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Some States Have Taxes for EVs and Hybrid Cars — Consumers Aren't Happy

Robin Hill-Gray - Author
By

Apr. 29 2022, Published 1:42 p.m. ET

Amid inflation and higher gas prices, people are turning to electric cars and hybrids to save more money. However, EVs and hybrids come with their own additional costs and even taxes. What states have taxes for EVs and hybrid cars?

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Many people saw EVs and hybrid cars as a way to save money that would be spent on gas and also help the environment. But now, EV and hybrid car owners are experiencing a crackdown by their states. "Up until this point if you were driving an EV or a hybrid to the extent that you are not using gasoline you were not helping support the system on which you depend," stated Jack Marchbanks, the Director of Transportation for Ohio.

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Which states have a tax for hybrid and electric cars?

According to the National Conference of State Legislatures, a total of 30 states have laws that require a fee to use plug-in electric cars. Of the 30 states, 14 have a fee on plug-in hybrid vehicles. The fees range between $50 a year and as high as $225. For example, Idaho created legislation that would boost the fee from $140 to $300. Also, Idaho moved to create a 2.5 cents per mile fee that drivers can pay instead of the annual fee.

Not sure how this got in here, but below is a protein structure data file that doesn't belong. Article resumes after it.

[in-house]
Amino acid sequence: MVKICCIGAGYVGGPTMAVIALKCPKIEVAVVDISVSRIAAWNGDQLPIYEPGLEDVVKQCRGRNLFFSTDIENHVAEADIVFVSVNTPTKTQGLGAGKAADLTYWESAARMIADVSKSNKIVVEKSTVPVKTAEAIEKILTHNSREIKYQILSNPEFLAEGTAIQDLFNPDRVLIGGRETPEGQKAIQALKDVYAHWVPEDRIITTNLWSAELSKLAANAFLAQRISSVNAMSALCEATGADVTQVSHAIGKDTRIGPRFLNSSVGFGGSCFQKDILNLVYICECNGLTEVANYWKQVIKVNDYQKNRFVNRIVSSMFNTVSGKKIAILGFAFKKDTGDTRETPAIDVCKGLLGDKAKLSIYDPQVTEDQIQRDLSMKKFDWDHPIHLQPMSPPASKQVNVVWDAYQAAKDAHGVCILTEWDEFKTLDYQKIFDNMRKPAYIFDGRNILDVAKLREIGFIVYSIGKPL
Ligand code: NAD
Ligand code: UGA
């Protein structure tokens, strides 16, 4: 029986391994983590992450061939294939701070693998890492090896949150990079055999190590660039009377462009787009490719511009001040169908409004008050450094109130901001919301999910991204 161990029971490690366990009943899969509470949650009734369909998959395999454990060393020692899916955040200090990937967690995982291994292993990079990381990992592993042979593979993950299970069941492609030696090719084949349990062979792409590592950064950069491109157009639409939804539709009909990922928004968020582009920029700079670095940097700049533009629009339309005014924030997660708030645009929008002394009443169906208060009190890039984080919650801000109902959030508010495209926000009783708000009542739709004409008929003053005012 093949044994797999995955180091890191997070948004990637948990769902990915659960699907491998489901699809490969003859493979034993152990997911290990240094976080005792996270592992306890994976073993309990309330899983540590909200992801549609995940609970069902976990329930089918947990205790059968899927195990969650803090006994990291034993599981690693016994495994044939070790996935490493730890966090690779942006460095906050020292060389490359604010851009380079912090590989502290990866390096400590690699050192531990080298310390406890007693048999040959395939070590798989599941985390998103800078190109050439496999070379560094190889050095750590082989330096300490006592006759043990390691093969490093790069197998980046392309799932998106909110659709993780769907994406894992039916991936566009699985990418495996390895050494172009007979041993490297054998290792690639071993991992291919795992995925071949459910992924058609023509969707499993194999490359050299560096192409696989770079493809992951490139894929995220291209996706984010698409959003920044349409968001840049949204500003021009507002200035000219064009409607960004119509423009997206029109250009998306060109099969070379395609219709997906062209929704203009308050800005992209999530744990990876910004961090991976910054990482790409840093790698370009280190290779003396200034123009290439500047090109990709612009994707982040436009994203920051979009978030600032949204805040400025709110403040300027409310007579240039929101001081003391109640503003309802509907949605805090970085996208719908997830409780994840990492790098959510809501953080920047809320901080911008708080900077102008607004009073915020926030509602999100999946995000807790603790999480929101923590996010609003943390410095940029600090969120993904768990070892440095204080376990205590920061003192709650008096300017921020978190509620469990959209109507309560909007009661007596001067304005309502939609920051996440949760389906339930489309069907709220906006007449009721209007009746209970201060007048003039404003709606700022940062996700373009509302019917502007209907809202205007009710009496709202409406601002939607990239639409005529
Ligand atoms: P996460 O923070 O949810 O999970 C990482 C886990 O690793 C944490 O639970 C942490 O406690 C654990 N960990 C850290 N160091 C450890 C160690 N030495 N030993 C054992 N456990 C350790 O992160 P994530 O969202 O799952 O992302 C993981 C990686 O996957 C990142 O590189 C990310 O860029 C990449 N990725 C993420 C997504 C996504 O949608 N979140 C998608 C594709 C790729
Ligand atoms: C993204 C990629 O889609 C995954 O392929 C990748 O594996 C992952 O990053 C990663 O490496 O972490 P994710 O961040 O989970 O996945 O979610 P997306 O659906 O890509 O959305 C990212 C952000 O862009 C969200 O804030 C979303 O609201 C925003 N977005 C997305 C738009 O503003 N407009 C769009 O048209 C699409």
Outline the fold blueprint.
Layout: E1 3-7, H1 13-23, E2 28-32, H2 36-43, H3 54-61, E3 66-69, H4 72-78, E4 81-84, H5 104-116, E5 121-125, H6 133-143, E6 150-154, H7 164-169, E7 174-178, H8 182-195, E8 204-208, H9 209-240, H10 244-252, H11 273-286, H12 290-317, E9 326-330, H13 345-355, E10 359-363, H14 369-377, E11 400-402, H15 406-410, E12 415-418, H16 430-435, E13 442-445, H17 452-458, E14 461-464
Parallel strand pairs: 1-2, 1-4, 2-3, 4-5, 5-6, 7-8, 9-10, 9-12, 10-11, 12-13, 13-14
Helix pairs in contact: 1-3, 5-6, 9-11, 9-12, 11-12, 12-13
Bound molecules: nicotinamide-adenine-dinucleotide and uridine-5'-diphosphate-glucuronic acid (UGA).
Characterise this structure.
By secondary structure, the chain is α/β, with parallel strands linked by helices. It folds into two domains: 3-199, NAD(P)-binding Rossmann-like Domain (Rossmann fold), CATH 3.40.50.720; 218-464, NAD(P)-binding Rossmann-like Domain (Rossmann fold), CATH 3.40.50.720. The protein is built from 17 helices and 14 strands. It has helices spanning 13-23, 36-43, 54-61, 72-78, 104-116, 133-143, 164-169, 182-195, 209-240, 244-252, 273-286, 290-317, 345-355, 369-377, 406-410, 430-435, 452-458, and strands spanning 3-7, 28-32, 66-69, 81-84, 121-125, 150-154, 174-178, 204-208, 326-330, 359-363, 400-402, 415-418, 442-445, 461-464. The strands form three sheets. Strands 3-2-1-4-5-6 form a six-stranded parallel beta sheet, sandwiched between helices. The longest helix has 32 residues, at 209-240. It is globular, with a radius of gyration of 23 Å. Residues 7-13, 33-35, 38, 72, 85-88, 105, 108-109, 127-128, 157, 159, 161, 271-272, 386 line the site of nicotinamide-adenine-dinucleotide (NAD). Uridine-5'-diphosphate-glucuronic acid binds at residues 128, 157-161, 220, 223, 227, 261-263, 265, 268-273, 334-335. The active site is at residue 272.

The states with fees include Alabama, Arkansas, California Colorado, Georgia, Hawaii, Idaho, Illinois, Indiana, Iowa, Kansas, Michigan, Minnesota, Mississippi, Missouri, Nebraska, North Carolina, South Carolina, North Dakota, South Dakota, Ohio, Oklahoma, Oregon, Tennesse, Utah, Virginia, Washington, West Virginia, Wisconsin, and Wyoming.

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While most of the 30 states charge a flat annual fee, California, Indiana, Michigan, Mississippi, and Utah have created a structure where the annual fees fluctuate in conjunction with the consumer price index and inflation.

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President Biden might approve an EV tax credit expansion.

Democrats in Congress and the Biden administration announced a possible expansion of the EV tax credit. According to Reuters, the proposal included a boost for tax credits up to $12,500 with an additional $4,000 EV tax incentive for cars assembled in the U.S. There's also a plan to create a 30 percent credit for commercial electric vehicles. The Biden administration also wants to lift the tax credit for the benefit of Tesla and General Motors.

Senator Joe Manchin recently slammed Biden's proposal for the tax credit. He said, "There is a waiting list for EVs right now, with the fuel prices, but they still want us to throw a $5,000, or $7,000 or $12,000 credit for us to buy electric vehicles. When we can't produce enough product for the people that want it and we're still going to pay them to take it -- it's absolutely ludicrous in my mind."

According to Bloomberg, U.S. Transportation Secretary Pete Buttigieg stated that the Biden administration "feels an enormous sense of urgency to accelerate not the just the uptake of electric vehicles, but as you note, their production and our productivity capacity for them."

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